Melinda
Associate Professor
Department of Cinema Studies & Moving Image Arts

Biography

Melinda Barlow (Ph.D., New York University) taught at New York University, New York’s School of Visual Arts, and Queens College, CUNY, before joining the faculty at the University of Colorado.  The editor of Mary Lucier:  Art and Performance (Johns Hopkins University Press, 2000), Professor Barlow is a film and video historian and curator who specializes in work by contemporary women film and video makers, and also writes about the art of mentoring women.  Through research supported by CU’s LEAP organization (Leadership Education for Advancement and Promotion), she has developed and organized more than 50 local and national workshops on mentoring, and written about pedagogy for the National Education Association journals The Advocate and NEA Today, including:  “Watch the Room Come Alive:  Teaching With Film” (2010) and “In Praise of Positive Role Models” (2005).  Numerous other articles on film and contemporary art have appeared in books and journals such as There She Goes:  Feminist Filmmaking and Beyond (Wayne State UP, 2009), Joseph CornellOpening the Box (UK:  Peter Lang, 2007), FLOW, Camera Obscura, Quarterly Review of Film and Video, Millennium Film Journal, Art Journal, Performing Arts Journal, Art in America, Afterimage, Sculpture, American Theatre, and the Spanish animation journal Animac.

Professor Barlow served as Curatorial Consultant for the exhibition “Locating Secret Psychological Space” at the Florida State Museum of the Arts in Tallahassee in 2007, curated Primal Seen:  Selections from the CU Art Museum’s Collection of Photography from the 19th Century to the Present” with Lisa Tamiris Becker in 2012, and programmed “1959:  A Golden Year on the Silver Screen” at the SIE Film Center in Denver with Matthew Campbell in 2014.  She has written catalog essays on moving image installation, photography, and performance art for the Corcoran Museum of Art in Washington D.C. (“A Room Adrift,” 2001), Colorado College (“The Architecture of Desire,” 2008), the CU Art Museum (“Primal Seen,” 2012), and the feminist performance collaborative The Bridge Club (“The Guise of Good Behavior,” Art Palace: Houston, 2015).  In 2014, Professor Barlow facilitated the St. John’s Summit on Women in Media at the St. John’s International Women’s Film Festival in Newfoundland, Canada, and she has recently vetted scripts, programmed films, organized panels, and given lectures for the Athena Film Festival in New York City, the Vancouver International Women’s Film Festival, the Female Eye Film Festival and the Toronto International Film Festival Higher Learning Film Series in Toronto, and the Women + Voices Film Festival in Denver.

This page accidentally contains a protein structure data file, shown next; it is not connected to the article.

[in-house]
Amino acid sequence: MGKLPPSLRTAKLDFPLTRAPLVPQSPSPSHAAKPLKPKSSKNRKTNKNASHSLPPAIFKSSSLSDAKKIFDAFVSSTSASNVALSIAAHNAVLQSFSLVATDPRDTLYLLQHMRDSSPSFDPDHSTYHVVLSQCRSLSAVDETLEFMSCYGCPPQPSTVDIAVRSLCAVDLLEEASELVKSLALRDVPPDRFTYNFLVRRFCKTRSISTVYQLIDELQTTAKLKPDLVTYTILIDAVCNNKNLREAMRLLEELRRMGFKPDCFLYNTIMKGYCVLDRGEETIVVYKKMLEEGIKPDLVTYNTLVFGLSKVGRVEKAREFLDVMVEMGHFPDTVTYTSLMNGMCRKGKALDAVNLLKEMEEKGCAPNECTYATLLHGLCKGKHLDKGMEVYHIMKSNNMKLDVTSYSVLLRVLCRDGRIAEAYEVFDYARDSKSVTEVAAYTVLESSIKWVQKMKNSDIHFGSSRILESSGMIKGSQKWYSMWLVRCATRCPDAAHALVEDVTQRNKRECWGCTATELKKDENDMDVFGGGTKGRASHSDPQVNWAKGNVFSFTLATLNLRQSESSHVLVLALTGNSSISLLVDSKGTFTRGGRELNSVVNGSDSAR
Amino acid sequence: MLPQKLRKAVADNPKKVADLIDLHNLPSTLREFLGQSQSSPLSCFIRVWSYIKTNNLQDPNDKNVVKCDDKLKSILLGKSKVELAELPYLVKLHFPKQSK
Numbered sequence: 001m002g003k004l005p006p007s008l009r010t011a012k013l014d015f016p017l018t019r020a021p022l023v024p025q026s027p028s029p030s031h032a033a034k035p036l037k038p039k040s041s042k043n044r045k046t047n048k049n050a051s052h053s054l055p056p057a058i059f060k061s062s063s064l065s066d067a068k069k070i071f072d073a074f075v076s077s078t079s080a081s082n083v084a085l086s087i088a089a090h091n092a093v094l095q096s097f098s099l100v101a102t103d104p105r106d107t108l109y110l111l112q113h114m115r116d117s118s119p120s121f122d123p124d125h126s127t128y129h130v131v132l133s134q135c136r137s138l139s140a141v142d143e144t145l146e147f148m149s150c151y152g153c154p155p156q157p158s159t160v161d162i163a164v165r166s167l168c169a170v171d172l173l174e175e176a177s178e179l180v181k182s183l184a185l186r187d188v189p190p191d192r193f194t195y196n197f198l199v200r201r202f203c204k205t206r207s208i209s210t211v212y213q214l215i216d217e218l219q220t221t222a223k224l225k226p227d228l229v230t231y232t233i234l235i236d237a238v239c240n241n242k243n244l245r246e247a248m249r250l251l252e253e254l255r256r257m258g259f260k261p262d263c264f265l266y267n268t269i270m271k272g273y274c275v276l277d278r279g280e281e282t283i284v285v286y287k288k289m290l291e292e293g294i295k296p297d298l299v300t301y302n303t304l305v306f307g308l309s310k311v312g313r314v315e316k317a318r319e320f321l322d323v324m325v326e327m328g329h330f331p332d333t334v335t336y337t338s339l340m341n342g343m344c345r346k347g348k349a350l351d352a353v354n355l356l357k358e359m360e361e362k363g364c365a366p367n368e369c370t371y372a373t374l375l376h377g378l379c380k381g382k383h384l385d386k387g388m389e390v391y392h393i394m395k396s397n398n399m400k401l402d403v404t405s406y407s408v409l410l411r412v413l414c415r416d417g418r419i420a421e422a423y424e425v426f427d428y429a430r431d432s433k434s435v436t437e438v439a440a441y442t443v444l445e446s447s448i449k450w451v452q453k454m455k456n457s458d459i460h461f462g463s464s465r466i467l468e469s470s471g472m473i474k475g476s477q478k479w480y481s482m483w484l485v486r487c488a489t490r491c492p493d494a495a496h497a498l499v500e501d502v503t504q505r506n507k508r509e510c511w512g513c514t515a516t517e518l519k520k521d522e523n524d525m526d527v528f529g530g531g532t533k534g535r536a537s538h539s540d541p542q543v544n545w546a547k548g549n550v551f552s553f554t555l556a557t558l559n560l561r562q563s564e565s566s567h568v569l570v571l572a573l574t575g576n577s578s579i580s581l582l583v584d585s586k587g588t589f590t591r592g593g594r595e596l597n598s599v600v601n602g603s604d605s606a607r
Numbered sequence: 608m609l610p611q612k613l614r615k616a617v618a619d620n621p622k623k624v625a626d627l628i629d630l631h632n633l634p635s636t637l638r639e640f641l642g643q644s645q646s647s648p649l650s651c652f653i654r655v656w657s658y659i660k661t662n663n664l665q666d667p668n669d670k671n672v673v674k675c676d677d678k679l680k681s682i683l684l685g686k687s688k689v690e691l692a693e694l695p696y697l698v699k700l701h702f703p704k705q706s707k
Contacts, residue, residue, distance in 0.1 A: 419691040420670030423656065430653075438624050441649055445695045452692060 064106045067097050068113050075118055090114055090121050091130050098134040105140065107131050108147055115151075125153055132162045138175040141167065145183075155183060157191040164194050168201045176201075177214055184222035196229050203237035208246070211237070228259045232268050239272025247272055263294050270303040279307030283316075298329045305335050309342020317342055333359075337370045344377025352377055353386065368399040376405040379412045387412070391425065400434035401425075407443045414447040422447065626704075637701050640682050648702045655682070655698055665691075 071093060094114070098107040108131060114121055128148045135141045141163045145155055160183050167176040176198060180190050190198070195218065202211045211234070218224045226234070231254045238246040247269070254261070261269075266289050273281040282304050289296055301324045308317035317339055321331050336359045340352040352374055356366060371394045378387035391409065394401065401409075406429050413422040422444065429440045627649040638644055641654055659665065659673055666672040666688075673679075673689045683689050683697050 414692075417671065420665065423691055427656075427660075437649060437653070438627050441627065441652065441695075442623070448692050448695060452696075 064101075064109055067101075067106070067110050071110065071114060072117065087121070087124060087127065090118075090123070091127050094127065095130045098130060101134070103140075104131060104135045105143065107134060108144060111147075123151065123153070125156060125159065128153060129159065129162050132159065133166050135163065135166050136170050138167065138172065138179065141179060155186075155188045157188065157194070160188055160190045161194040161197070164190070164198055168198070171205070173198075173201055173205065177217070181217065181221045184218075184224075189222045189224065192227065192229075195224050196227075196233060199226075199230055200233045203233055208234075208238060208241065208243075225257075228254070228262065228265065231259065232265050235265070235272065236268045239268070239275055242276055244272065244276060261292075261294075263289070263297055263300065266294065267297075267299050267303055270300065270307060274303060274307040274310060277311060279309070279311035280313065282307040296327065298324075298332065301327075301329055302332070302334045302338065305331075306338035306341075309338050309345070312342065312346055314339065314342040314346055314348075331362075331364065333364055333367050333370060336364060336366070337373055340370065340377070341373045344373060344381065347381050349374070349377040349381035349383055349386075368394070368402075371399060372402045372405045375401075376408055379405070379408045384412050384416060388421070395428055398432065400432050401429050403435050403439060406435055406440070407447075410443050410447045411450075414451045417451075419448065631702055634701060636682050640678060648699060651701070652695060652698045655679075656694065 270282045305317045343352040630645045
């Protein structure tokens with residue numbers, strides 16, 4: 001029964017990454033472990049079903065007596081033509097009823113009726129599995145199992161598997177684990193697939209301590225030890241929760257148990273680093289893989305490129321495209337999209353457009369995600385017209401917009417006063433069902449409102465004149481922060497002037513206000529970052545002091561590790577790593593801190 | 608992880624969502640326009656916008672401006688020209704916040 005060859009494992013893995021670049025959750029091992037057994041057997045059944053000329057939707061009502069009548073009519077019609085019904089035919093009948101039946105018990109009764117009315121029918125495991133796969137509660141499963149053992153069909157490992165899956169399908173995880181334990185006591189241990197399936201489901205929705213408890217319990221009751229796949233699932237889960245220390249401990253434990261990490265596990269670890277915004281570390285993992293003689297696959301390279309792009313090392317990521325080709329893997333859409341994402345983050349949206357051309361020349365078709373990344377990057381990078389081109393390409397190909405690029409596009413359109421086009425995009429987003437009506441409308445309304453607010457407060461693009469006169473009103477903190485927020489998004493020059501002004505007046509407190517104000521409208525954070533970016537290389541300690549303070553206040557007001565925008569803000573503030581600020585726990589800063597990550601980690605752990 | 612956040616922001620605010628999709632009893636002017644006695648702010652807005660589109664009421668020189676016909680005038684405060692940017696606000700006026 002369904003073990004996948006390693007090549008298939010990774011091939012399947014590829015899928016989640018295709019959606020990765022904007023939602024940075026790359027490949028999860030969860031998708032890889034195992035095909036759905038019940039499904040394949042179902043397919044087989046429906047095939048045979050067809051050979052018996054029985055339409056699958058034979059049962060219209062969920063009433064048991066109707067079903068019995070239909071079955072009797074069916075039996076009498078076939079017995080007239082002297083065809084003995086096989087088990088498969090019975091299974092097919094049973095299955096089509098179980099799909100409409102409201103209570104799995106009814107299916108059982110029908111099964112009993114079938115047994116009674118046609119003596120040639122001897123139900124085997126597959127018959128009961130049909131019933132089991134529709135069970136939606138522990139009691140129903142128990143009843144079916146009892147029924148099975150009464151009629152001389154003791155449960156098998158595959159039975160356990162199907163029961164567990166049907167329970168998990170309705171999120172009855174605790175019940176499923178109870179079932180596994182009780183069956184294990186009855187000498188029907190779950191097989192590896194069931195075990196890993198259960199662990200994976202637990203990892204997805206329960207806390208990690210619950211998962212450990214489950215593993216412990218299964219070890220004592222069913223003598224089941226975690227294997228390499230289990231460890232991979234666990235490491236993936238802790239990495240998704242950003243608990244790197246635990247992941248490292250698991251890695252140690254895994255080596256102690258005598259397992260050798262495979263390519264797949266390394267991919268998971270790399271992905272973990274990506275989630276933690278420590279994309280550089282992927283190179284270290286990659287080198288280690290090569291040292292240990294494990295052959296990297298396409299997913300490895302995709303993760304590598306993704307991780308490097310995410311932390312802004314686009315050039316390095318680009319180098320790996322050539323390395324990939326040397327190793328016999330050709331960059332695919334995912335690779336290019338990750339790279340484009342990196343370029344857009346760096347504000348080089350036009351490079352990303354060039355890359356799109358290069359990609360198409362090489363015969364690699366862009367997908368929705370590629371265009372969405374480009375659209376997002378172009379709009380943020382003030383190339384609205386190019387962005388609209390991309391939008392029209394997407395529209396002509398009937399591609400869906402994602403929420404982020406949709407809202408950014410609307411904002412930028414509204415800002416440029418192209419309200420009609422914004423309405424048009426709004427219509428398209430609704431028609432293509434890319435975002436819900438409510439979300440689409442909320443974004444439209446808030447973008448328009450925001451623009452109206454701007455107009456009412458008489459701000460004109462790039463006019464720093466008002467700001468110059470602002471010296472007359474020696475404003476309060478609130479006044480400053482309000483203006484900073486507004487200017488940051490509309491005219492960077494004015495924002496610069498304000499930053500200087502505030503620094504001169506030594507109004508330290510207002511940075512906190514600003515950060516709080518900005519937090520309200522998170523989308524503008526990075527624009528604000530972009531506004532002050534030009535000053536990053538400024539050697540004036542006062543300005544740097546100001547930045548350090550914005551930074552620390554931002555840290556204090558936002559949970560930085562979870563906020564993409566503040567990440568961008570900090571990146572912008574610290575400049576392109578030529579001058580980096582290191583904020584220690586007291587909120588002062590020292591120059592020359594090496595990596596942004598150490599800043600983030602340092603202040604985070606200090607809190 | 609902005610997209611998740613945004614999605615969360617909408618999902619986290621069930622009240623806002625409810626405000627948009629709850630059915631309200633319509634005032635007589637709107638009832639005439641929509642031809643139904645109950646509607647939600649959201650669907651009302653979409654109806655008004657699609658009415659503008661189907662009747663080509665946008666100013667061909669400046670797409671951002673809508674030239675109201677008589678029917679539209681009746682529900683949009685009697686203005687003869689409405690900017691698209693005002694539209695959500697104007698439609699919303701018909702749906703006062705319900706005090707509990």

Awards and Works

A recipient of the Lyn Blumenthal Memorial Award in Video Criticism from the Video Data Bank, Professor Barlow has received four teaching awards from CU:  the Boulder Faculty Assembly Excellence in Teaching Award, the Dean’s Senior Honors Teaching Fellowship, the Gold Best Should Teach Award from the Graduate Teacher Program, and the Marinus Smith Award from the CU Parents Association.  She received the Dorothy Martin Woman Faculty Award, the Women Who Make a Difference Award, and the Junior Faculty Development Award from the University of Colorado, and was awarded a Fellowship from the Center for the Humanities and the Arts in 2005 to participate in their “Powers of Wonder” Seminar.  The founder of the Leah Kelly Memorial Award, the first CU Film Studies Program award in the critical study of cinema, Professor Barlow is the Honors Council representative for Film Studies, and the Faculty Advisor for the Undergraduate Academy Lead TA Pre-Prof Program.  She teaches Film History I & II, Women and Film, courses on individual decades of American film history, and upper level seminars on topics such as Snapshots, Memoirs & Home Movies; Magic, Wonder & Cinema; Stories We Tell: Dreams/Histories/Narratives; and Ephemeral Media: Film/Video/Installation.  She is currently writing a memoir on film, art, female identity and the process of collecting titled My Museum:  A Memoir in Art.

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